When you press down on a piano key, it lifts up a hammer that comes down to strike the corresponding string. That vibration then travels down the piano string over the metal bridge and across the soundboard, picking up resonance and tone along the way. It sounds like a long series of steps when you spell it all out, but these things all happen very quickly when you’re playing. A handy mechanism known as the “backcheck” also keeps the hammer waiting at the ready in case you want to play the same note in quick succession so that the entire sequence doesn’t need to repeat itself each time.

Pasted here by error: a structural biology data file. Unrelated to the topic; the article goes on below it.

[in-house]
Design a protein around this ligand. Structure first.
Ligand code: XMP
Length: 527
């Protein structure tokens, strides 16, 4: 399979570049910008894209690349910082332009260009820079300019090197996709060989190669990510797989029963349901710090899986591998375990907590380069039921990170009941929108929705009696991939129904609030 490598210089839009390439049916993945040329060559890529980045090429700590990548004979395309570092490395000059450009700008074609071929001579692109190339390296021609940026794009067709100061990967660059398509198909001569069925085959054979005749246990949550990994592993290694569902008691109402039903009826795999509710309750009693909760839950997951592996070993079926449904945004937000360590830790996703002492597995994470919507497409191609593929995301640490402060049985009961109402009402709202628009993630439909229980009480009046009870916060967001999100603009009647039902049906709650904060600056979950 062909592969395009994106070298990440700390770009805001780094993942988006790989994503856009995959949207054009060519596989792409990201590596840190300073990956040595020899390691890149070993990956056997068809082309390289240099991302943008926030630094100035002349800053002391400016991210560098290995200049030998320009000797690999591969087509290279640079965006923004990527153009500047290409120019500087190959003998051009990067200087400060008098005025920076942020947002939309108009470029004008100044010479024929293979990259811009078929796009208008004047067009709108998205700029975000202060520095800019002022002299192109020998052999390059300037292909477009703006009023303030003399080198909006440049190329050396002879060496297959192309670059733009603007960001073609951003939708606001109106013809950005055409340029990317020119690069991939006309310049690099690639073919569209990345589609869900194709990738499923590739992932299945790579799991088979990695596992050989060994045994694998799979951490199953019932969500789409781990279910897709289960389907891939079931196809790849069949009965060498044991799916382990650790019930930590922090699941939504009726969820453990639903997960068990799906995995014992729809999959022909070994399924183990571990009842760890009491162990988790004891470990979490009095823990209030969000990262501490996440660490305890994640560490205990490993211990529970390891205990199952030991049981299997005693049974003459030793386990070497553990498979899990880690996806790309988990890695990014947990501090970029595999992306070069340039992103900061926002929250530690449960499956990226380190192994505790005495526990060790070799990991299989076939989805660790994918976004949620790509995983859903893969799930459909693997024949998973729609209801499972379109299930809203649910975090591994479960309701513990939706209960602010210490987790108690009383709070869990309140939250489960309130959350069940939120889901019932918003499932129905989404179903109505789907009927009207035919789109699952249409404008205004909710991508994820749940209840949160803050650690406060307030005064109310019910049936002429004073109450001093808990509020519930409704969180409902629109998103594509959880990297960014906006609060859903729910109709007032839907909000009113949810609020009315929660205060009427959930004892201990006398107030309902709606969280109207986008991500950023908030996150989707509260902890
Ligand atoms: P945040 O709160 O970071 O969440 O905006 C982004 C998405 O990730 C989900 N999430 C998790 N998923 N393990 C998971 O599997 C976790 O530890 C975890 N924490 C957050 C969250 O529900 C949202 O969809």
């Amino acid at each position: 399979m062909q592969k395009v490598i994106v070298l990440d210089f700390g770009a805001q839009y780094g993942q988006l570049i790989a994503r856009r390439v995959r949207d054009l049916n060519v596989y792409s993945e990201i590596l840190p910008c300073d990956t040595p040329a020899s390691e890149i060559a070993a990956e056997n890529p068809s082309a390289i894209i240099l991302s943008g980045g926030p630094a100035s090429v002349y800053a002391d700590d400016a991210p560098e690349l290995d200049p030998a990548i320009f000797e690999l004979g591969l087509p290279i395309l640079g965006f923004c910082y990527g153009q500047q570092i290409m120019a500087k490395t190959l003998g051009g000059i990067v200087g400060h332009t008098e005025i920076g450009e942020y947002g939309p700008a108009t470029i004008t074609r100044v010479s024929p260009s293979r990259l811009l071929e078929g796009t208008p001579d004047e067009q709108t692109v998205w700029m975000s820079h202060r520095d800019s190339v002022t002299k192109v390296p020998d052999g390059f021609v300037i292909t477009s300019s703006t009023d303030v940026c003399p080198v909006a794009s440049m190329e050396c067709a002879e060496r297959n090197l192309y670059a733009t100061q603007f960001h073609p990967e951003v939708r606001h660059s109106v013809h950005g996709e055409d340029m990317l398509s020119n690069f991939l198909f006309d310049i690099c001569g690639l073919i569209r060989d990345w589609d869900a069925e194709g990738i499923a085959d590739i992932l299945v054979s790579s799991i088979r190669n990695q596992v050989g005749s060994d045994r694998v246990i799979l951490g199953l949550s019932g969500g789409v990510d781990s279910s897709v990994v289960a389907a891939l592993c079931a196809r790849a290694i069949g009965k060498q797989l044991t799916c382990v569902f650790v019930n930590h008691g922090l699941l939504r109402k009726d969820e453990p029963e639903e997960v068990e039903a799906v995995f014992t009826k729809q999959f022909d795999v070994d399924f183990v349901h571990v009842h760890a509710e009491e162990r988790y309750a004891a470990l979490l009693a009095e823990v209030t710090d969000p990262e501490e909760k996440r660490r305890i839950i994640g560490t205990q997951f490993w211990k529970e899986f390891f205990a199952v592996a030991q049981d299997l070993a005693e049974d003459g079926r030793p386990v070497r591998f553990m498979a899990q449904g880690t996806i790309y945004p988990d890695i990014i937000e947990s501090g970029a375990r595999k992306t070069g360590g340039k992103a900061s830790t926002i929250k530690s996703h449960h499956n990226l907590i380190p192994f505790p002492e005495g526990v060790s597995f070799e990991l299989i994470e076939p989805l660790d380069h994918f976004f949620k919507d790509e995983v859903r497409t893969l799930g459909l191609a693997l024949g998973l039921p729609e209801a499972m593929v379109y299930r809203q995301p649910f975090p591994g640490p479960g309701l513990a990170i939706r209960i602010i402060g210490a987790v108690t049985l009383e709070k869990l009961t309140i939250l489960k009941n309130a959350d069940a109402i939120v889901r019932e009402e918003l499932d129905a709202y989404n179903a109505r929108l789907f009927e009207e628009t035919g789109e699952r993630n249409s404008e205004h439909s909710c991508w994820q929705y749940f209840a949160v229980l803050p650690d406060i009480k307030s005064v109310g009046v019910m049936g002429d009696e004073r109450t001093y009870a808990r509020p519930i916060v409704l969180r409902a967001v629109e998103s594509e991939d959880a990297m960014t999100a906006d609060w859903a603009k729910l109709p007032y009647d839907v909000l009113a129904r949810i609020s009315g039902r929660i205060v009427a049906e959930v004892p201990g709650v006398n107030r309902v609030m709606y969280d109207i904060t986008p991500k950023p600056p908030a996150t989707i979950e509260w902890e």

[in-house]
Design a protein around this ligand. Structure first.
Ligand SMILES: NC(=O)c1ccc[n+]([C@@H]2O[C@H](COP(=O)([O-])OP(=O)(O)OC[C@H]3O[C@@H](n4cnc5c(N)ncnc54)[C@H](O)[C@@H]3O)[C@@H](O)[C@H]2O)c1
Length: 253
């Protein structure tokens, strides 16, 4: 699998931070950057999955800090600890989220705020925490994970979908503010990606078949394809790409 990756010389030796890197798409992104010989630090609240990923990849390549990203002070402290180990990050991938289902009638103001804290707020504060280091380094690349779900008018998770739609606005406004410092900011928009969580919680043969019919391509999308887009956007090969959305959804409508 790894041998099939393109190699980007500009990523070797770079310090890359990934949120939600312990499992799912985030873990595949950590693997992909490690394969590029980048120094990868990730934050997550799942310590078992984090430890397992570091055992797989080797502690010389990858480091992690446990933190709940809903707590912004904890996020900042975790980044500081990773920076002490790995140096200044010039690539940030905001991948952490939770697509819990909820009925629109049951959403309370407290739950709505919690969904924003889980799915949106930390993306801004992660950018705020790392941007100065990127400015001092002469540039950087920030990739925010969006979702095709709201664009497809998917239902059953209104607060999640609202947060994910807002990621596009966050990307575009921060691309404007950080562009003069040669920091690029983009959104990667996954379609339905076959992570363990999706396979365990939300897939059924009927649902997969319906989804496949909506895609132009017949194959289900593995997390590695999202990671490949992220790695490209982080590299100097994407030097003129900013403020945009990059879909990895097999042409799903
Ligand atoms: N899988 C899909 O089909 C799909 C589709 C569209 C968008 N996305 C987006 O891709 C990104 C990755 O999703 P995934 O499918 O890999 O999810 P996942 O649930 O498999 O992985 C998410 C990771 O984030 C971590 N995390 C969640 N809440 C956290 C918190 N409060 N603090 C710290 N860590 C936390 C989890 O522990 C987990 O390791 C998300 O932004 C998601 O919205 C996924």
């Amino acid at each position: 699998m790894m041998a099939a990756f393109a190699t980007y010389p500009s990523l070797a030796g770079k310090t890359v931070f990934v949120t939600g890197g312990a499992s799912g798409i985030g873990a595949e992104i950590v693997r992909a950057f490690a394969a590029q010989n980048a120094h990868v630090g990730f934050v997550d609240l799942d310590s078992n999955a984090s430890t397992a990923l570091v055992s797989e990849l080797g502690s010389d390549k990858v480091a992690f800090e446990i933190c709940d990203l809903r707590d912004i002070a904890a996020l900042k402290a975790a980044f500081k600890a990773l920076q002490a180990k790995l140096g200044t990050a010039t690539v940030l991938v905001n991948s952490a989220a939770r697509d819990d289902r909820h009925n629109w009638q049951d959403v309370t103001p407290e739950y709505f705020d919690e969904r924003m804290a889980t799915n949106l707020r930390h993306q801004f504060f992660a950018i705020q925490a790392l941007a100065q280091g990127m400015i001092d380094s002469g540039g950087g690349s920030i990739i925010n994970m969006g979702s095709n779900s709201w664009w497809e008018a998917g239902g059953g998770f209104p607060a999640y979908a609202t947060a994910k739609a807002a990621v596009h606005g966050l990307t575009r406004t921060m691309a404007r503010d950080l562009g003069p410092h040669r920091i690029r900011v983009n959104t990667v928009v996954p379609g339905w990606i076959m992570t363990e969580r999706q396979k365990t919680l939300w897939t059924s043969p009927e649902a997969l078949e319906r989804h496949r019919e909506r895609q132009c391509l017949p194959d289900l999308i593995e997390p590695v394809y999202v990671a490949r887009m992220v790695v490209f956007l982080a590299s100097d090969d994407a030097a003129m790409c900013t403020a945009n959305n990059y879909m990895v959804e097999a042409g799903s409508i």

Now, in terms of the differences between grand and upright piano action, the key detail that you need to remember is whether gravity assists the process or drags it back. In grand or “horizontal” pianos, gravity assists the process by pulling the hammers back down naturally. The horizontal orientation of the piano action also allows for the hammer to maintain acceleration up until the instant it hits the string, giving grand pianos their “color”. However, in upright pianos, the hammers and strings are oriented vertically, so gravity prevents that extra acceleration and does nothing to help put the hammers back in place after you play a note. As a result, upright pianos must utilize springs and bridles for hammer return to make sure everything gets back in place.